First-person pronouns are pretty straightforward: “I/me” and “we/us”. In English, since we no longer differentiate between second-person singular and second-person plural, using “you” for both, we get into a bit of trouble now and then. There’s a persistent sense that we need to be able to distinguish between the two sometimes for clarity, so we end up with “y’all” or “you guys” or any number of dialectical variants. We’re missing a pronoun that we clearly feel that we need. That’s more of an issue when speaking or addressing others directly, however. When it comes to narrative fiction, at worst a character may stumble over the ambiguity the same way it happens in real dialog, and need to clarify their meaning to their listeners in whatever way is appropriate.

At the end of that paragraph, I just ran into the big, and familiar to many, pronoun issue with third person. How to phrase it? His listeners? Her listeners? A character could be either. His or her listeners? There are two problems with that: it assumes that the character actually identifies as one or the other, and it gets really awkward-looking after a few repetitions. So I went with the singular “they,” as many now do. It works. Continue reading

Pansexual, not bisexual

I originally wrote this┬áback in Sept 2015 for an online magazine┬áto which I submitted a few short pieces. I’ve spent some time thinking about whether it really belongs here. I’ve decided that, while it isn’t specifically about writing as such, it does make a point about the importance of a single word, a label, in self-identity. This matters, or should matter, to anyone whose writing involves character diversity, and not only in regards to orientation or gender. Reposted here with a few small corrections.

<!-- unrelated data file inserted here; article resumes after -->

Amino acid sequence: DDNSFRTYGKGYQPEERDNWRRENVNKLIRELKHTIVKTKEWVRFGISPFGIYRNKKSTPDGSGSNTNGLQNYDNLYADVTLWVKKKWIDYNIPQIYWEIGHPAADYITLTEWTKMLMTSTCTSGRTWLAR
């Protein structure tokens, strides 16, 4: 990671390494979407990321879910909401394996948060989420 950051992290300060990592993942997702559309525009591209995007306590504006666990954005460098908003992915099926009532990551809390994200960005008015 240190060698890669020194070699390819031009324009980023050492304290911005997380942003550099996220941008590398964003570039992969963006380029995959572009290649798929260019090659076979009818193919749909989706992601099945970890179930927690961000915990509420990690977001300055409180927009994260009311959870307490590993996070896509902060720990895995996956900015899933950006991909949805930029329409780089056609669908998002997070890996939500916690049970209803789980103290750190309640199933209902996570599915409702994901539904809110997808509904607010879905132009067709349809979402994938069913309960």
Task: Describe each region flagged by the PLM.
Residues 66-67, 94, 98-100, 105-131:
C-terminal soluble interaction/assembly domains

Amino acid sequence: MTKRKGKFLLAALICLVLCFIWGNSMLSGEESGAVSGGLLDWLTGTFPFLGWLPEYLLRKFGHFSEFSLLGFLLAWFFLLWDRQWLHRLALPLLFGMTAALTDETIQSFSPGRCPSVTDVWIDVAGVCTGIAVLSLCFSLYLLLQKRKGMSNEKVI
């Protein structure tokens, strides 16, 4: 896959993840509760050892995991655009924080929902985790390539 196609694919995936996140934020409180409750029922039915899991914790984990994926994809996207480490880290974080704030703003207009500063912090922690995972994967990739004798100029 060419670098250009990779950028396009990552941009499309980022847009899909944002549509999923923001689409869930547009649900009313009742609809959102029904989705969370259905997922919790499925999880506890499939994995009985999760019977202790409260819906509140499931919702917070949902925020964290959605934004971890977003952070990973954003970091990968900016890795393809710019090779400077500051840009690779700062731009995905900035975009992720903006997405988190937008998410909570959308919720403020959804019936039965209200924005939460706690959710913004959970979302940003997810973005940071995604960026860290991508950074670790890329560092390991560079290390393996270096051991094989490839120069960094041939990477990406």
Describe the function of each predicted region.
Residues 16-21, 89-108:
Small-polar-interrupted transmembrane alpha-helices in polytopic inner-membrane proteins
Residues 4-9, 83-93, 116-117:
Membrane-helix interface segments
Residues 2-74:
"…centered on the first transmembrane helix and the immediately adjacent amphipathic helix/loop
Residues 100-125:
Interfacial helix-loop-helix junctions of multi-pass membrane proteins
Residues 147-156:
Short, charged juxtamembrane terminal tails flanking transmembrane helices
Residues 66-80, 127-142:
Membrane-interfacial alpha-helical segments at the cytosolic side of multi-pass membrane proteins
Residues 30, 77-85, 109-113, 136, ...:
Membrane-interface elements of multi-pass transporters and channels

When I first realized, a bit over two decades ago, that I wasn’t straight, I took a look around me for an alternative description for myself. This being the early nineties, research was more complicated than looking online, and community and support more limited. I quickly concluded that “lesbian” wasn’t quite accurate, despite some lesbians occasionally choosing sex with men. When I stumbled over the idea of bisexuality, I seized on that: here was a term that wouldn’t try to force me to choose, and would allow me to acknowledge that I found people of many kinds attractive and desirable.

Life went on, and I ran into all the wonderful stereotypes that people have about bisexuality. Men I barely knew hit on me with descriptions of their wives. People assumed that I was non-monogamous because if I were monogamous, I would no longer be bisexual. I heard the bad jokes and the slurs and the put-downs: can’t make up their minds, sitting on the fence, want it both ways, in denial, too horny to care who they sleep with, and all the rest. I learned fast to stay away from lesbian events locally, because there was an unspoken rule that bi women were welcome only if they could be assumed to be lesbian–a kind of don’t ask, don’t tell. Having just come out of one closet, I refused to go back into another one. Continue reading